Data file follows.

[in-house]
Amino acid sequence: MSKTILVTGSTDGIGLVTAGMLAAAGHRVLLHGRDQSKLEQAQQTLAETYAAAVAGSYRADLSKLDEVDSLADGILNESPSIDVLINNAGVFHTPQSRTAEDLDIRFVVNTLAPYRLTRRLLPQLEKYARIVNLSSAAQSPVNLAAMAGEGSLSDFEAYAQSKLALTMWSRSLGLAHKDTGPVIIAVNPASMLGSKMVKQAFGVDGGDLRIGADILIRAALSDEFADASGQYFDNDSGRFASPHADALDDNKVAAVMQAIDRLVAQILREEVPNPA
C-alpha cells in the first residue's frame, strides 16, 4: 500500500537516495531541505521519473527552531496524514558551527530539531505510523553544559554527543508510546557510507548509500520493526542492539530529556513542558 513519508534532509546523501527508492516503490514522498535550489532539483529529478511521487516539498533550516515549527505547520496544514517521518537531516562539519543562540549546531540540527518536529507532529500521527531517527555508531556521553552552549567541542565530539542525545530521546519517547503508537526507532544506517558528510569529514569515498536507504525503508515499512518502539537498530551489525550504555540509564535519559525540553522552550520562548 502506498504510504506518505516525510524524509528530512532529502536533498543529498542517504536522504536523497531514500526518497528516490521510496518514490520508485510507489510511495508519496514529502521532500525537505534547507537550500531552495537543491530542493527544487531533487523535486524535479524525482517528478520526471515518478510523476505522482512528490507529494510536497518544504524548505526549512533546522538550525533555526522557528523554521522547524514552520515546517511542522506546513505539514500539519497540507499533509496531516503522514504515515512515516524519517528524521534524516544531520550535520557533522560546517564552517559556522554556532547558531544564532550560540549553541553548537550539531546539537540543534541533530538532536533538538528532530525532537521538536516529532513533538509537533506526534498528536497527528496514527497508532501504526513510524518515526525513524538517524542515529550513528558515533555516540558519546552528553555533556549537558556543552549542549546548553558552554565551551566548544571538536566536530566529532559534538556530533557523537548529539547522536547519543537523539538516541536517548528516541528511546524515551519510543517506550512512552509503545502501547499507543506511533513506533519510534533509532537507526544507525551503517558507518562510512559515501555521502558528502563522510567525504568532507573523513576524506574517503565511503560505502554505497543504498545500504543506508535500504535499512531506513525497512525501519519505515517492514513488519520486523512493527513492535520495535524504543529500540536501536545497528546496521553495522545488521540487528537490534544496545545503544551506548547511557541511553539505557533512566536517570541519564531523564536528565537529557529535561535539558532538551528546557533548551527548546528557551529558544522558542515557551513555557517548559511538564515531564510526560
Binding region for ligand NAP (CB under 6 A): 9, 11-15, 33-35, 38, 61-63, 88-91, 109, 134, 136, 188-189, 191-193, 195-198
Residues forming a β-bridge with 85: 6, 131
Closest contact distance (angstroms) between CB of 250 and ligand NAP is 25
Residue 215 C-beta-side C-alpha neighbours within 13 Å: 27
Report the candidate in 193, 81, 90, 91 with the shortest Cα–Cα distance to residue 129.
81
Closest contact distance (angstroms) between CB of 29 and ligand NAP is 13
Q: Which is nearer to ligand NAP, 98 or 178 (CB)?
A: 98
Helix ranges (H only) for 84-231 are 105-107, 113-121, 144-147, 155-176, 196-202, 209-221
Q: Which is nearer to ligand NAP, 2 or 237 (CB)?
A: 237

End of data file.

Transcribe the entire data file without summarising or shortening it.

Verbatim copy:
[in-house]
Amino acid sequence: MSKTILVTGSTDGIGLVTAGMLAAAGHRVLLHGRDQSKLEQAQQTLAETYAAAVAGSYRADLSKLDEVDSLADGILNESPSIDVLINNAGVFHTPQSRTAEDLDIRFVVNTLAPYRLTRRLLPQLEKYARIVNLSSAAQSPVNLAAMAGEGSLSDFEAYAQSKLALTMWSRSLGLAHKDTGPVIIAVNPASMLGSKMVKQAFGVDGGDLRIGADILIRAALSDEFADASGQYFDNDSGRFASPHADALDDNKVAAVMQAIDRLVAQILREEVPNPA
C-alpha cells in the first residue's frame, strides 16, 4: 500500500537516495531541505521519473527552531496524514558551527530539531505510523553544559554527543508510546557510507548509500520493526542492539530529556513542558 513519508534532509546523501527508492516503490514522498535550489532539483529529478511521487516539498533550516515549527505547520496544514517521518537531516562539519543562540549546531540540527518536529507532529500521527531517527555508531556521553552552549567541542565530539542525545530521546519517547503508537526507532544506517558528510569529514569515498536507504525503508515499512518502539537498530551489525550504555540509564535519559525540553522552550520562548 502506498504510504506518505516525510524524509528530512532529502536533498543529498542517504536522504536523497531514500526518497528516490521510496518514490520508485510507489510511495508519496514529502521532500525537505534547507537550500531552495537543491530542493527544487531533487523535486524535479524525482517528478520526471515518478510523476505522482512528490507529494510536497518544504524548505526549512533546522538550525533555526522557528523554521522547524514552520515546517511542522506546513505539514500539519497540507499533509496531516503522514504515515512515516524519517528524521534524516544531520550535520557533522560546517564552517559556522554556532547558531544564532550560540549553541553548537550539531546539537540543534541533530538532536533538538528532530525532537521538536516529532513533538509537533506526534498528536497527528496514527497508532501504526513510524518515526525513524538517524542515529550513528558515533555516540558519546552528553555533556549537558556543552549542549546548553558552554565551551566548544571538536566536530566529532559534538556530533557523537548529539547522536547519543537523539538516541536517548528516541528511546524515551519510543517506550512512552509503545502501547499507543506511533513506533519510534533509532537507526544507525551503517558507518562510512559515501555521502558528502563522510567525504568532507573523513576524506574517503565511503560505502554505497543504498545500504543506508535500504535499512531506513525497512525501519519505515517492514513488519520486523512493527513492535520495535524504543529500540536501536545497528546496521553495522545488521540487528537490534544496545545503544551506548547511557541511553539505557533512566536517570541519564531523564536528565537529557529535561535539558532538551528546557533548551527548546528557551529558544522558542515557551513555557517548559511538564515531564510526560
Binding region for ligand NAP (CB under 6 A): 9, 11-15, 33-35, 38, 61-63, 88-91, 109, 134, 136, 188-189, 191-193, 195-198
Residues forming a β-bridge with 85: 6, 131
Closest contact distance (angstroms) between CB of 250 and ligand NAP is 25
Residue 215 C-beta-side C-alpha neighbours within 13 Å: 27
Report the candidate in 193, 81, 90, 91 with the shortest Cα–Cα distance to residue 129.
81
Closest contact distance (angstroms) between CB of 29 and ligand NAP is 13
Q: Which is nearer to ligand NAP, 98 or 178 (CB)?
A: 98
Helix ranges (H only) for 84-231 are 105-107, 113-121, 144-147, 155-176, 196-202, 209-221
Q: Which is nearer to ligand NAP, 2 or 237 (CB)?
A: 237